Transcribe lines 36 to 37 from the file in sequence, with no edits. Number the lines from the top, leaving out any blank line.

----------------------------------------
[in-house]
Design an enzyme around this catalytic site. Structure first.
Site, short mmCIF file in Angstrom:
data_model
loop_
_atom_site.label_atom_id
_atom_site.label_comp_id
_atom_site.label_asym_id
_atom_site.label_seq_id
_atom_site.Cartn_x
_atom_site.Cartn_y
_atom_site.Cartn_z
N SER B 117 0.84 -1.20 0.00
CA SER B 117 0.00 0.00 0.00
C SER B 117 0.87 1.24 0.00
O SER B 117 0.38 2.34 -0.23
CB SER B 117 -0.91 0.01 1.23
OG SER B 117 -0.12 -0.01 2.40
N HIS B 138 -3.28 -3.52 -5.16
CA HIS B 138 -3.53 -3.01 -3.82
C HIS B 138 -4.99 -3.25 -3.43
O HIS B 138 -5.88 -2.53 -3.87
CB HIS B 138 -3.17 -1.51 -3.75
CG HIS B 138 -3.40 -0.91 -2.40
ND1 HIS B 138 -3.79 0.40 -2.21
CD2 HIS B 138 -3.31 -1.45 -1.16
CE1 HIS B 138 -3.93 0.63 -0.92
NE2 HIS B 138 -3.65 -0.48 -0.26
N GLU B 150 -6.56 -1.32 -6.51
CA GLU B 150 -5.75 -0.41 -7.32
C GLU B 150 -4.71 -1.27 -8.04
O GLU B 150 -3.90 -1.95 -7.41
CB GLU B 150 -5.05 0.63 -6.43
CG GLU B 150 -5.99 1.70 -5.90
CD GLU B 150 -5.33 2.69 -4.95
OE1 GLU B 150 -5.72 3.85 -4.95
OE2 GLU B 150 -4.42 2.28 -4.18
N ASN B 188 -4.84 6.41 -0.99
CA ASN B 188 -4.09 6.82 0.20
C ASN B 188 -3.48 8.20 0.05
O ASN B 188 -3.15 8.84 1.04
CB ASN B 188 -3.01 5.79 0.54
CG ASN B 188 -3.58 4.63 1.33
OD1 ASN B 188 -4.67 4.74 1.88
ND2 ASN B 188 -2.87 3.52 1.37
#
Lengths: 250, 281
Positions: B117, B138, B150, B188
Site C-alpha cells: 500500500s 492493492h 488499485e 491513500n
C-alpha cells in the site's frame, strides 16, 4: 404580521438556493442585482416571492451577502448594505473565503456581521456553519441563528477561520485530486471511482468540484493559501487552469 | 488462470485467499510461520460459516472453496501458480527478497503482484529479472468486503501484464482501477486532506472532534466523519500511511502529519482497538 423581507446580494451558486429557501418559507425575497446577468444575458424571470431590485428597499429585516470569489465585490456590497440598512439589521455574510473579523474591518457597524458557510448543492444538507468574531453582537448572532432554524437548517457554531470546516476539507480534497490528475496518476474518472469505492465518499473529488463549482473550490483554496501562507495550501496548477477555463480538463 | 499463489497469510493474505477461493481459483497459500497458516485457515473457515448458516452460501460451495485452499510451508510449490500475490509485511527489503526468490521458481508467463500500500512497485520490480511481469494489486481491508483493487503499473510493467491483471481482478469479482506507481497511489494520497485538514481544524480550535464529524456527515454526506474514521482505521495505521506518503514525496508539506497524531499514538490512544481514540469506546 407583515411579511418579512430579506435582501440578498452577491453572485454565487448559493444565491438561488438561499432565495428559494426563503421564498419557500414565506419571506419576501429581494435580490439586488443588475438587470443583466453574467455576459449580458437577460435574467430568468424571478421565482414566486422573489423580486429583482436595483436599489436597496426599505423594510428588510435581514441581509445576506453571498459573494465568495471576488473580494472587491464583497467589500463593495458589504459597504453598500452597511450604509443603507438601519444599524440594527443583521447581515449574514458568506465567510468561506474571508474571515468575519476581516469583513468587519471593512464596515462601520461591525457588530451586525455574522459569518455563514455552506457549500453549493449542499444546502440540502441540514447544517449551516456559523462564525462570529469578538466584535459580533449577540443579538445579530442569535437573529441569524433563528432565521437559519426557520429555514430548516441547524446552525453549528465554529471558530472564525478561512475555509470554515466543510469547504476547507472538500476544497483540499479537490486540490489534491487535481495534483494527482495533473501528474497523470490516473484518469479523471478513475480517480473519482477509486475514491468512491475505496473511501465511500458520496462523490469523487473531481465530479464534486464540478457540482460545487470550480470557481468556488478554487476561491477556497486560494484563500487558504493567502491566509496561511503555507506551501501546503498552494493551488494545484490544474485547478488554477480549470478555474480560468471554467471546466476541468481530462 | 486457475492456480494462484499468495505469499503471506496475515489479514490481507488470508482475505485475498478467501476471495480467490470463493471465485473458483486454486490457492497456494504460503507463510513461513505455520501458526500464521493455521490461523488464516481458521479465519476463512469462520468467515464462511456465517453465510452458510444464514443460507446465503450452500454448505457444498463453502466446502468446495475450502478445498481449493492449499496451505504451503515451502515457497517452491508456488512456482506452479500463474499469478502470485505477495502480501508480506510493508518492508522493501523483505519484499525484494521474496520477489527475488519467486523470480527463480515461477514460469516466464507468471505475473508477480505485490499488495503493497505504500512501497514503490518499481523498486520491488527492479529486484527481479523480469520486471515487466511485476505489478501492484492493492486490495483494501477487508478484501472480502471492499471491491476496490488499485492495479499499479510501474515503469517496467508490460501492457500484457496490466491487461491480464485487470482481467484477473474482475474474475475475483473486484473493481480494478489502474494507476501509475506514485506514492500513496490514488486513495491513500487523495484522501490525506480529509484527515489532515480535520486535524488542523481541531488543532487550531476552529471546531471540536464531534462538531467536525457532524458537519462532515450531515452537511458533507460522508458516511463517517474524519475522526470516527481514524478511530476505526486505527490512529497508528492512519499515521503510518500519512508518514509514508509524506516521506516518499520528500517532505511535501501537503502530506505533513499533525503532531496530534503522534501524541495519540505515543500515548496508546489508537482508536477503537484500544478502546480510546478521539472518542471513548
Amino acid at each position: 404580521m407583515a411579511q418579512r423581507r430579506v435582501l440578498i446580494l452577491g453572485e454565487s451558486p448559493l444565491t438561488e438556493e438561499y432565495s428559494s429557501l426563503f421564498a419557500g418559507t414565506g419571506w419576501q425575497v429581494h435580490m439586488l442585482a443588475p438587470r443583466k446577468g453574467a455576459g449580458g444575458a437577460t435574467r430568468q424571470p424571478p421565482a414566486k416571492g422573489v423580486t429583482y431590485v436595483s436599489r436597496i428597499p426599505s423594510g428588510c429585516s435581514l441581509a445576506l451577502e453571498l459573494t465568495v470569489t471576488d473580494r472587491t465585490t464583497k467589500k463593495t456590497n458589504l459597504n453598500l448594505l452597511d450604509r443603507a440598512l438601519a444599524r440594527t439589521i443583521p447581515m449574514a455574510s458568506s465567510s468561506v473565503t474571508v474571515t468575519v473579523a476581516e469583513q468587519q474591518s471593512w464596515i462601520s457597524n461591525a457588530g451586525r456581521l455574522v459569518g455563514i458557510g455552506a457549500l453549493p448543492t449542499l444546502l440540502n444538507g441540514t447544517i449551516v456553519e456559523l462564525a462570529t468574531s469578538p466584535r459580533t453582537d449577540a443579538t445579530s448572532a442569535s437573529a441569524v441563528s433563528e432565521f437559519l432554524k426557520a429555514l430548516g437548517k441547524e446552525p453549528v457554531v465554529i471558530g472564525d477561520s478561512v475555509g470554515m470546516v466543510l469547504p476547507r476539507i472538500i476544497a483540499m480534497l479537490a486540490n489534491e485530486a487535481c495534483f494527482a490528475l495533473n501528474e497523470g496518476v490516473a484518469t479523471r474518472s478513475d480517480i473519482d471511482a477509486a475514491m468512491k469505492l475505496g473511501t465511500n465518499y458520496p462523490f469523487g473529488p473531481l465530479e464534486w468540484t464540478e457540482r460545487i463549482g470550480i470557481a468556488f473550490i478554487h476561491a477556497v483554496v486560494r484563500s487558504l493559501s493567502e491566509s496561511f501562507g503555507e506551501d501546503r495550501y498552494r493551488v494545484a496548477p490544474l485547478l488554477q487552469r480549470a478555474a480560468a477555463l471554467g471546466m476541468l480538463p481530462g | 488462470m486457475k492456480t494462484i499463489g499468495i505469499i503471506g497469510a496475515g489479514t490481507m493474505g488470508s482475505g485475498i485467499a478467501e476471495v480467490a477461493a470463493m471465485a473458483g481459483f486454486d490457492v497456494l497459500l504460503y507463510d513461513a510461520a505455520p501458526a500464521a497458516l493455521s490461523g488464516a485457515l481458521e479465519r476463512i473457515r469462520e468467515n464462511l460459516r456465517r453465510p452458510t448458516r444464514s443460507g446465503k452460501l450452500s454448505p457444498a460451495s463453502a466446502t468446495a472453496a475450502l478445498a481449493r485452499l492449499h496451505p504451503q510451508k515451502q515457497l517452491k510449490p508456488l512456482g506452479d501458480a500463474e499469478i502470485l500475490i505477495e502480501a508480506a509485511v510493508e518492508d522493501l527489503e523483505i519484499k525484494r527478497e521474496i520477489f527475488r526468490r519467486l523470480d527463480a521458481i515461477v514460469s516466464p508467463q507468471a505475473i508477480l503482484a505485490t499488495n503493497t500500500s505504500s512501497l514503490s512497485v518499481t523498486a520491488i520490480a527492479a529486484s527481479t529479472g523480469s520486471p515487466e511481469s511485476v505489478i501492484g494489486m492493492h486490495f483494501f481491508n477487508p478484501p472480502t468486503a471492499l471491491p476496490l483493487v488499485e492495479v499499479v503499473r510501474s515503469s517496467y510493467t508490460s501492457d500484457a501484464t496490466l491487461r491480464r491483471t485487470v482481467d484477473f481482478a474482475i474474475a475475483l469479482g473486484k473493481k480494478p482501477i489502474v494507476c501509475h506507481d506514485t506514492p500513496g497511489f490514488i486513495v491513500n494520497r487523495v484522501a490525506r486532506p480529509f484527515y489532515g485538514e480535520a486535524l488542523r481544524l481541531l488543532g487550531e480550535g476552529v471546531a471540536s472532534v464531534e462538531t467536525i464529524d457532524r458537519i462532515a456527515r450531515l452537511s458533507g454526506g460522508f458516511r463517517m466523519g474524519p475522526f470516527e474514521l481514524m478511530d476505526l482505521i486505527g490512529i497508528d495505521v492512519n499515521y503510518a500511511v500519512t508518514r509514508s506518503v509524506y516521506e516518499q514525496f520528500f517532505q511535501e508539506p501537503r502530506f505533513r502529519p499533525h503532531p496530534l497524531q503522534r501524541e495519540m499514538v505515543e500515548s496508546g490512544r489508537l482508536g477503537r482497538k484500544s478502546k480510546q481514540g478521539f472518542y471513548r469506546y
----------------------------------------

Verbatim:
OE1 GLU B 150 -5.72 3.85 -4.95
OE2 GLU B 150 -4.42 2.28 -4.18